With spring in full swing, greenhouses, nurseries, and florists are eyeing more opportunities to keep business growing. As businesses gradually reopen, some may allow customers to browse in person—remember to stay up to date on your own state’s changing restrictions and mandates. But with customer capacity often limited and many shoppers still wary of browsing in stores, giving customers more no-contact purchasing options (like curbside pickup) can be more bountiful for your business.
Offering curbside pickup is a convenient way for customers to visit your shop or greenhouse, gather greenery they’ve already chosen—and perhaps paid for online—and get on with their day without coming into close quarters with others. If you’re considering adding curbside services, check out our tips below before getting started.
- Keep customers in the know: If your business begins offering curbside pickup or other no-contact options, make your customers aware of those plans. Make sure to update your website and other public profiles (like Facebook), and send email updates to customers in your database.
- Make browsing feel natural: Now in peak season, many green businesses are getting creative in their approach to showcasing their best and brightest. Some businesses are helping customers make online selections using color wheel tools, photo galleries, or even online consultations. Other growers are coming up with in-person options, like drive-through container or hanging basket days, where customers can browse and point out selections from their vehicle.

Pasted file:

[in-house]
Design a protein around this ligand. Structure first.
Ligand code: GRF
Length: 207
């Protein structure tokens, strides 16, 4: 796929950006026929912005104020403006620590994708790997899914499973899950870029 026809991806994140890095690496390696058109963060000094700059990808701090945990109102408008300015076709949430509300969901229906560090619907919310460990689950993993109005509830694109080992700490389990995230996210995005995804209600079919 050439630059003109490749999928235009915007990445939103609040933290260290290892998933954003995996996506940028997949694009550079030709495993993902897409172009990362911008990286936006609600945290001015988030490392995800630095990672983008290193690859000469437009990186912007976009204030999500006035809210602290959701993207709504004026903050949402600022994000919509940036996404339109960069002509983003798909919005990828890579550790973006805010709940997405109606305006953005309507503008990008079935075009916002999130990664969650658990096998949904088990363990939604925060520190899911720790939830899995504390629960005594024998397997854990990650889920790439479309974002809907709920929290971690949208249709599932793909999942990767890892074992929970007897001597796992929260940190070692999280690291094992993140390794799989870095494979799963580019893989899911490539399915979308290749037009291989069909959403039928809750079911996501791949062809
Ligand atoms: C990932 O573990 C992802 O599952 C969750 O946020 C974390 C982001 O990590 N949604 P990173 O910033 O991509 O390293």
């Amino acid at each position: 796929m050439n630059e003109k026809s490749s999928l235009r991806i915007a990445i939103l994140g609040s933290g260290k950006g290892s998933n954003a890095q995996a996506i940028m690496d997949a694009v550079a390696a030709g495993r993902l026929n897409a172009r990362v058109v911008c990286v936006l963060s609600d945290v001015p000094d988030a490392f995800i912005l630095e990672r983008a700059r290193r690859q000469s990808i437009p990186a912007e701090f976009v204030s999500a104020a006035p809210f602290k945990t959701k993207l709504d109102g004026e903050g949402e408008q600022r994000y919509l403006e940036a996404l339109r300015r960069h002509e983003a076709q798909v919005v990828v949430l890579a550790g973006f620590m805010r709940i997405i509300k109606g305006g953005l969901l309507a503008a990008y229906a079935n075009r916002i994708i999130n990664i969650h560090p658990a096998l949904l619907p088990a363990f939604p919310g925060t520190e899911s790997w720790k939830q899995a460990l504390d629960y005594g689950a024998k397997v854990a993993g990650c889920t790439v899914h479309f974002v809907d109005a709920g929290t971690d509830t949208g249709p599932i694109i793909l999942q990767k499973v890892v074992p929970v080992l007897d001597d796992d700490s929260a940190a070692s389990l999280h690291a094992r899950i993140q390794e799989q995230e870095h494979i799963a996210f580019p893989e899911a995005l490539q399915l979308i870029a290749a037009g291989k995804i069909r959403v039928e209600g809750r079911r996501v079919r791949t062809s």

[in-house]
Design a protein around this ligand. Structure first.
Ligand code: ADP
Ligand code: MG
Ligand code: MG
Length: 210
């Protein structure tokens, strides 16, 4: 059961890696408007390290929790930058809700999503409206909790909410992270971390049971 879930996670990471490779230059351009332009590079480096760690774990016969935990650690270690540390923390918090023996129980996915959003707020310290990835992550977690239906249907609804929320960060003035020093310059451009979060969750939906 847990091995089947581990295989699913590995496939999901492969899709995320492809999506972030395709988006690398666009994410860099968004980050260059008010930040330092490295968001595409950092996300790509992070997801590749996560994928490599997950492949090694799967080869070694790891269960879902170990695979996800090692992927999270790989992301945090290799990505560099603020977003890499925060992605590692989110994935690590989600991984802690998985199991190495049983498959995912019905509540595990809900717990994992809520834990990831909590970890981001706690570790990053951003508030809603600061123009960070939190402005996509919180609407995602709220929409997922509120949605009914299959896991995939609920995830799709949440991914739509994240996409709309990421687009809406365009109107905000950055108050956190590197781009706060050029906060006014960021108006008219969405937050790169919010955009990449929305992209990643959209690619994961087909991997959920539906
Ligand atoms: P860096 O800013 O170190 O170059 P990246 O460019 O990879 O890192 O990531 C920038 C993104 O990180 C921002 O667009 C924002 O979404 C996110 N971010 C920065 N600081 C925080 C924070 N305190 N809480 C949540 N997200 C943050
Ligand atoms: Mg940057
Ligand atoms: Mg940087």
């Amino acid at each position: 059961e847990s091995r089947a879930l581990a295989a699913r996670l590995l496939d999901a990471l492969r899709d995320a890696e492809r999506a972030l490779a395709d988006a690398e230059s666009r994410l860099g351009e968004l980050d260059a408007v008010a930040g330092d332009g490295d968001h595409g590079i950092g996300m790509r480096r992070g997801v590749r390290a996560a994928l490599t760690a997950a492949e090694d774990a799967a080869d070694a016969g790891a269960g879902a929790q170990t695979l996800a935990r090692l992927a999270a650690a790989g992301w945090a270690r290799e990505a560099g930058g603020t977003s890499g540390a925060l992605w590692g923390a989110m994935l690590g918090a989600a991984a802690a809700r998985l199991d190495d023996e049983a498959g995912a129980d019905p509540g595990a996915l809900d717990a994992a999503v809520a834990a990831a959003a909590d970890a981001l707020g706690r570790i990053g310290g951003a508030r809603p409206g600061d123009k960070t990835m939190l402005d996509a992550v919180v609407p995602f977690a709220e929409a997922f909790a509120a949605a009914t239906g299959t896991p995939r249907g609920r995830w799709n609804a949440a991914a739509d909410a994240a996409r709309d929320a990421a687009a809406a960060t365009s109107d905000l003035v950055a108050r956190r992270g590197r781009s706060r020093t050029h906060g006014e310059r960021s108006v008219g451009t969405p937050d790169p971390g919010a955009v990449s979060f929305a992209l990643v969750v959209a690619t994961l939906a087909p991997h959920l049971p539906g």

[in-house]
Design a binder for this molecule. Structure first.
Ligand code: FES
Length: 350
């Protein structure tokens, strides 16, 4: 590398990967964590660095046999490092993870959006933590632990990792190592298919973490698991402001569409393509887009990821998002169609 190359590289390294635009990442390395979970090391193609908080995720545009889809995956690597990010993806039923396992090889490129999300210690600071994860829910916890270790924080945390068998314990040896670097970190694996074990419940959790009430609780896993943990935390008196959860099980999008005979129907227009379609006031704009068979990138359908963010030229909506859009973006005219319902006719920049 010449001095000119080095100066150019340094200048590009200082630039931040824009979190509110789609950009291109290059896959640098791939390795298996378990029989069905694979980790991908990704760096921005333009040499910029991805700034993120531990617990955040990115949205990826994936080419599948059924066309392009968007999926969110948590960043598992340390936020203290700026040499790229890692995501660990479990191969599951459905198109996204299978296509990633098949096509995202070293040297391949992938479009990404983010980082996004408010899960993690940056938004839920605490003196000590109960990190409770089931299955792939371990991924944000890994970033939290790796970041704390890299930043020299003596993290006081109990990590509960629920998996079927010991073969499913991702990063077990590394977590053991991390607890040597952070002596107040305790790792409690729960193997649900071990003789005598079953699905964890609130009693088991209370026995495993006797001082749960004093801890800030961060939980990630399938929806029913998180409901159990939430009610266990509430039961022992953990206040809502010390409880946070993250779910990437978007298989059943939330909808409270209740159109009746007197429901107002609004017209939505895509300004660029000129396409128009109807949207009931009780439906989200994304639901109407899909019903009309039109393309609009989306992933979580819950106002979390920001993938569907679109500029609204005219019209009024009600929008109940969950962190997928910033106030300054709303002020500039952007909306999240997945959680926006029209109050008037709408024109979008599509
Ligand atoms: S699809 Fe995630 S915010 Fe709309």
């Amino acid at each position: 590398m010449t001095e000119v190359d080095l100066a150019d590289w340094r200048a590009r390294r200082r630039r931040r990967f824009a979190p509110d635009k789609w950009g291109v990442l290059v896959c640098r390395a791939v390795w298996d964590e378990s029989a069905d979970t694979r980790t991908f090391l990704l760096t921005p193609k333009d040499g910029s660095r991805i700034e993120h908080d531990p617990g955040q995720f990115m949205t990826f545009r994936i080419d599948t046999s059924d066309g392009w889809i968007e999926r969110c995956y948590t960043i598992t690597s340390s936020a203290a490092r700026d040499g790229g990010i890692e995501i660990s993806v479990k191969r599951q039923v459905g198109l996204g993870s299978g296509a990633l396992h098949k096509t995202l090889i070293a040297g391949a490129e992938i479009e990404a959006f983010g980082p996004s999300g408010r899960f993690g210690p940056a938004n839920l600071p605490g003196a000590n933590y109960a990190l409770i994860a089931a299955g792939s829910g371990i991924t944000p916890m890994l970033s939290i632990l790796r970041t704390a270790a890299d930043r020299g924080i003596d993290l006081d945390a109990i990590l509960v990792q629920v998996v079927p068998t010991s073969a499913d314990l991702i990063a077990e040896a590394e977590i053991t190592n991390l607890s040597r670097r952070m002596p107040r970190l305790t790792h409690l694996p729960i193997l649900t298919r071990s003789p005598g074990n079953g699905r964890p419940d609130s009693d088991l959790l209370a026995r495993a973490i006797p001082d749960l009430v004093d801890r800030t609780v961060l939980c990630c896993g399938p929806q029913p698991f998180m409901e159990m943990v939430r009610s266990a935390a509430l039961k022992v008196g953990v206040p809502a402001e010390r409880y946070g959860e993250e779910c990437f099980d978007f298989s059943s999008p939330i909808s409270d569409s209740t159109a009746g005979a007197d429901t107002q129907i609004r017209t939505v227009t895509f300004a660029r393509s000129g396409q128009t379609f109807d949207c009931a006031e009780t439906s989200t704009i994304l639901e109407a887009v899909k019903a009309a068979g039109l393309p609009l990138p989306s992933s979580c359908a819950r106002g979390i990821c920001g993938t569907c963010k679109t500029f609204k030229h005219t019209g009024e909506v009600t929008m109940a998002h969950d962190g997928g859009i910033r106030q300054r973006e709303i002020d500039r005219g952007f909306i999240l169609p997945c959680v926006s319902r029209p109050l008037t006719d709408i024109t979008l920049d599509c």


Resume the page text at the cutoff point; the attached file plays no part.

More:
- Optimize online ordering and payment: New software applications offer plenty of ways to set up online payment options. You can also train employees to manually enter credit card information into your POS system so customers can place orders over the phone.
- Prepare for pickups: Keeping your curbside operation organized is critical to its success. Here are some things to consider:
- Make sure to designate a spot near your business for curbside pickups—and use outdoor signage to help guide customers to that spot.
- Think about making pickup orders by appointment to ensure customers aren’t left waiting.
- If you accept payments in person, make sure customers know how and where to pay in advance of their arrival to help avoid confusion or congregating at registers or near employees.
- Perhaps most importantly, use signs or line markers to help maintain at least six feet between your employees and any customers arriving for pickup.
- Offer new services or selections: Gardeners at all levels are experiencing a renewed interest in growing their own fruits and vegetables. Consider providing more of these options, or turning them into packages or growing kits. This will allow you to deliver a product and better service by offering helpful tools and advice. You may also find inspiration from businesses specializing in the floral industry. Many of these businesses are offering drop-off and pickup potting services to help ensure customers see lush growth, whether or not they have a green thumb.
With a little careful planning and creativity, adding curbside services can help your business—and your reputation for customer service—thrive. And with several weeks of spring still to come, it’s not too late to make it part of your business this season.